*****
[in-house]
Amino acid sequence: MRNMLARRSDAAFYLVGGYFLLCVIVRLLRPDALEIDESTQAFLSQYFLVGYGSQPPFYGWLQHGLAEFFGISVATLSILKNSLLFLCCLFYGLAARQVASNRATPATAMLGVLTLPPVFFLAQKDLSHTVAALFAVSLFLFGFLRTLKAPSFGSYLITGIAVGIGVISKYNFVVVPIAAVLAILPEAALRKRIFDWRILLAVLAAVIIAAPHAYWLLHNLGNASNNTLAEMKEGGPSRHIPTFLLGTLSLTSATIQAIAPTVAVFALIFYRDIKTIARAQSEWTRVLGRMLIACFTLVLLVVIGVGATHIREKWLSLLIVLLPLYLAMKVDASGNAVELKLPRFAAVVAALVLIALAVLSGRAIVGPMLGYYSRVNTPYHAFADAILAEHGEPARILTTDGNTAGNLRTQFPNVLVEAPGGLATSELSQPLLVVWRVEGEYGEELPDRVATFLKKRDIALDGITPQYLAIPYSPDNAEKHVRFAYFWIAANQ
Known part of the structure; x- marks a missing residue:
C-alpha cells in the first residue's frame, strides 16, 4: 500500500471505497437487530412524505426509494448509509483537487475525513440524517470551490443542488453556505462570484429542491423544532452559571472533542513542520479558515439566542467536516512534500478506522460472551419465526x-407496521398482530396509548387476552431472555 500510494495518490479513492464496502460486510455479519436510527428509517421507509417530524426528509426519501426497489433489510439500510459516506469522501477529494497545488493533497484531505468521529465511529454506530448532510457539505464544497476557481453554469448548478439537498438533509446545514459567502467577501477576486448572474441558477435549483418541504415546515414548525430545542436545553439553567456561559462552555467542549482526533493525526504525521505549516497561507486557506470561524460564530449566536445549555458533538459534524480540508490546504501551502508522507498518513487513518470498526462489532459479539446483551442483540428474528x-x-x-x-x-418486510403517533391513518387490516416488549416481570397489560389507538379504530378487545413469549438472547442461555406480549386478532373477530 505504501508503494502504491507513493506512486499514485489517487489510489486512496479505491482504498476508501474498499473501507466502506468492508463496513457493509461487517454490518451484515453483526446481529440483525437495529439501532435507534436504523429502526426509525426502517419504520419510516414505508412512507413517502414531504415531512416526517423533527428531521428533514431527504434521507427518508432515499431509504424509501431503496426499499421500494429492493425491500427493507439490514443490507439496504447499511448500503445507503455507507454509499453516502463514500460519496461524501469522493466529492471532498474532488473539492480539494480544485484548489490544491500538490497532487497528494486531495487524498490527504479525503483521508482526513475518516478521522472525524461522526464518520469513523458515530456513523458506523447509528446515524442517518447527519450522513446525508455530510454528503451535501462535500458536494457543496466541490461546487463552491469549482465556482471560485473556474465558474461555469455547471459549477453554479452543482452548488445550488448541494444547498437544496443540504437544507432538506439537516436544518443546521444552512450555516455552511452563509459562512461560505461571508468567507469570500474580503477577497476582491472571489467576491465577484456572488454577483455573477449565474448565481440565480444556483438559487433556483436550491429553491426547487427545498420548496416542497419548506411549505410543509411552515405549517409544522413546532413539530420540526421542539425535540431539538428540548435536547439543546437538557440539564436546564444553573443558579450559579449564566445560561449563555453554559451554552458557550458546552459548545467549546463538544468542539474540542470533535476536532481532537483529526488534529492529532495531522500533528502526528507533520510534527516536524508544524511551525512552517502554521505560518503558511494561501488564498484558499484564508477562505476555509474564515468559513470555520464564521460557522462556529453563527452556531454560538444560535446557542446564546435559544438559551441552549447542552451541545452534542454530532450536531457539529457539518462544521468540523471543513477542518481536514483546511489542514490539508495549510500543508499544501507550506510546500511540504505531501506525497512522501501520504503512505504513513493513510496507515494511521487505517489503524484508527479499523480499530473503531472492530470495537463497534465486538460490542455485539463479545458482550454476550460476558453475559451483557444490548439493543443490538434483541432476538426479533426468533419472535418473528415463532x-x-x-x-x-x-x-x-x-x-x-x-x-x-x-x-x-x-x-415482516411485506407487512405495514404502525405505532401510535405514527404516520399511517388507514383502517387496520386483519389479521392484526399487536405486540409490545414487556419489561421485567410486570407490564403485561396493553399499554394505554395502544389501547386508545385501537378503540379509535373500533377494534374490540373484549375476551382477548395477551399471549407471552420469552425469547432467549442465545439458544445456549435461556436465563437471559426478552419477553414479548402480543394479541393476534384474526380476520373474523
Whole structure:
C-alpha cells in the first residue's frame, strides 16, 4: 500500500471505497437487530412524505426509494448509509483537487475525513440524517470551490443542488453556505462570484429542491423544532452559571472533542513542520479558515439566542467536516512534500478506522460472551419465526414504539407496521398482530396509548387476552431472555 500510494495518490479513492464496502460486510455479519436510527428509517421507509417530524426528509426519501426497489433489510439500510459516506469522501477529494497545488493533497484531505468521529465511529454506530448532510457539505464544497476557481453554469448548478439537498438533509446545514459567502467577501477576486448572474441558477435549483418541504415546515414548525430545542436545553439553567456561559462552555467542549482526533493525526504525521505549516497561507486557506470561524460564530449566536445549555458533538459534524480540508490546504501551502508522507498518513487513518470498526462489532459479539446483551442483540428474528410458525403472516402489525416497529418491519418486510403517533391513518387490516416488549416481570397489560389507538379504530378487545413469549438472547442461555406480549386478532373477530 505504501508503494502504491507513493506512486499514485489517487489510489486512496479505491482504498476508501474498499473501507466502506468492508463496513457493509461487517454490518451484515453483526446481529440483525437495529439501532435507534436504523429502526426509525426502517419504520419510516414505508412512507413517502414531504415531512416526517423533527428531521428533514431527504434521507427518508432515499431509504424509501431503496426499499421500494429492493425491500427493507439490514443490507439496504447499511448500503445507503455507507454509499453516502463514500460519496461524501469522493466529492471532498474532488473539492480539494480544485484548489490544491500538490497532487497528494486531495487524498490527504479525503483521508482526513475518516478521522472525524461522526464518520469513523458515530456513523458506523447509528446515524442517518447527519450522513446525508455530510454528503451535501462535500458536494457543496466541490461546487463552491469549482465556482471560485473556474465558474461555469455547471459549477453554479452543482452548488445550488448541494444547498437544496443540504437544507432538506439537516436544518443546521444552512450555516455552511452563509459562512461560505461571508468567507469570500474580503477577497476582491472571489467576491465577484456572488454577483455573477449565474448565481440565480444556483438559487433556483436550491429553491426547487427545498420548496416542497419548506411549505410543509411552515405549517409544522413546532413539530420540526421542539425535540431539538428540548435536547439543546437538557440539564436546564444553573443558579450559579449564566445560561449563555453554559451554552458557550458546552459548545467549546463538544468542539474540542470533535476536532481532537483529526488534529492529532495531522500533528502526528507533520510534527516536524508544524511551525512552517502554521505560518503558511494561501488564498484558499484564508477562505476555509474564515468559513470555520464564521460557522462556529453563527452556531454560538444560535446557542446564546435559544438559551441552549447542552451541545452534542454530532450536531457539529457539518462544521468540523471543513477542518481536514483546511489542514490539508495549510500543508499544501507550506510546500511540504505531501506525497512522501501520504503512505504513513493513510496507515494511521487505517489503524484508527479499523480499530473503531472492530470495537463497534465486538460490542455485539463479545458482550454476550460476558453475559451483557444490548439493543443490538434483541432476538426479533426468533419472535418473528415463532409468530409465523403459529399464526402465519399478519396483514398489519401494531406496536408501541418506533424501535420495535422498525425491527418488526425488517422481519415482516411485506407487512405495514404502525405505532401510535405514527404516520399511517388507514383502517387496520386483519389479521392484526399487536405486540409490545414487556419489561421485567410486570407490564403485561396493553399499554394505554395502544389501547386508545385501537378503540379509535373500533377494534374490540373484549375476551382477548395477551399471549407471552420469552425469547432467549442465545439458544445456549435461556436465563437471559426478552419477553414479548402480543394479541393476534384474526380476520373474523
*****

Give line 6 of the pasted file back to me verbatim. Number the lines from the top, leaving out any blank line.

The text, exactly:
C-alpha cells in the first residue's frame, strides 16, 4: 500500500471505497437487530412524505426509494448509509483537487475525513440524517470551490443542488453556505462570484429542491423544532452559571472533542513542520479558515439566542467536516512534500478506522460472551419465526414504539407496521398482530396509548387476552431472555 500510494495518490479513492464496502460486510455479519436510527428509517421507509417530524426528509426519501426497489433489510439500510459516506469522501477529494497545488493533497484531505468521529465511529454506530448532510457539505464544497476557481453554469448548478439537498438533509446545514459567502467577501477576486448572474441558477435549483418541504415546515414548525430545542436545553439553567456561559462552555467542549482526533493525526504525521505549516497561507486557506470561524460564530449566536445549555458533538459534524480540508490546504501551502508522507498518513487513518470498526462489532459479539446483551442483540428474528410458525403472516402489525416497529418491519418486510403517533391513518387490516416488549416481570397489560389507538379504530378487545413469549438472547442461555406480549386478532373477530 505504501508503494502504491507513493506512486499514485489517487489510489486512496479505491482504498476508501474498499473501507466502506468492508463496513457493509461487517454490518451484515453483526446481529440483525437495529439501532435507534436504523429502526426509525426502517419504520419510516414505508412512507413517502414531504415531512416526517423533527428531521428533514431527504434521507427518508432515499431509504424509501431503496426499499421500494429492493425491500427493507439490514443490507439496504447499511448500503445507503455507507454509499453516502463514500460519496461524501469522493466529492471532498474532488473539492480539494480544485484548489490544491500538490497532487497528494486531495487524498490527504479525503483521508482526513475518516478521522472525524461522526464518520469513523458515530456513523458506523447509528446515524442517518447527519450522513446525508455530510454528503451535501462535500458536494457543496466541490461546487463552491469549482465556482471560485473556474465558474461555469455547471459549477453554479452543482452548488445550488448541494444547498437544496443540504437544507432538506439537516436544518443546521444552512450555516455552511452563509459562512461560505461571508468567507469570500474580503477577497476582491472571489467576491465577484456572488454577483455573477449565474448565481440565480444556483438559487433556483436550491429553491426547487427545498420548496416542497419548506411549505410543509411552515405549517409544522413546532413539530420540526421542539425535540431539538428540548435536547439543546437538557440539564436546564444553573443558579450559579449564566445560561449563555453554559451554552458557550458546552459548545467549546463538544468542539474540542470533535476536532481532537483529526488534529492529532495531522500533528502526528507533520510534527516536524508544524511551525512552517502554521505560518503558511494561501488564498484558499484564508477562505476555509474564515468559513470555520464564521460557522462556529453563527452556531454560538444560535446557542446564546435559544438559551441552549447542552451541545452534542454530532450536531457539529457539518462544521468540523471543513477542518481536514483546511489542514490539508495549510500543508499544501507550506510546500511540504505531501506525497512522501501520504503512505504513513493513510496507515494511521487505517489503524484508527479499523480499530473503531472492530470495537463497534465486538460490542455485539463479545458482550454476550460476558453475559451483557444490548439493543443490538434483541432476538426479533426468533419472535418473528415463532409468530409465523403459529399464526402465519399478519396483514398489519401494531406496536408501541418506533424501535420495535422498525425491527418488526425488517422481519415482516411485506407487512405495514404502525405505532401510535405514527404516520399511517388507514383502517387496520386483519389479521392484526399487536405486540409490545414487556419489561421485567410486570407490564403485561396493553399499554394505554395502544389501547386508545385501537378503540379509535373500533377494534374490540373484549375476551382477548395477551399471549407471552420469552425469547432467549442465545439458544445456549435461556436465563437471559426478552419477553414479548402480543394479541393476534384474526380476520373474523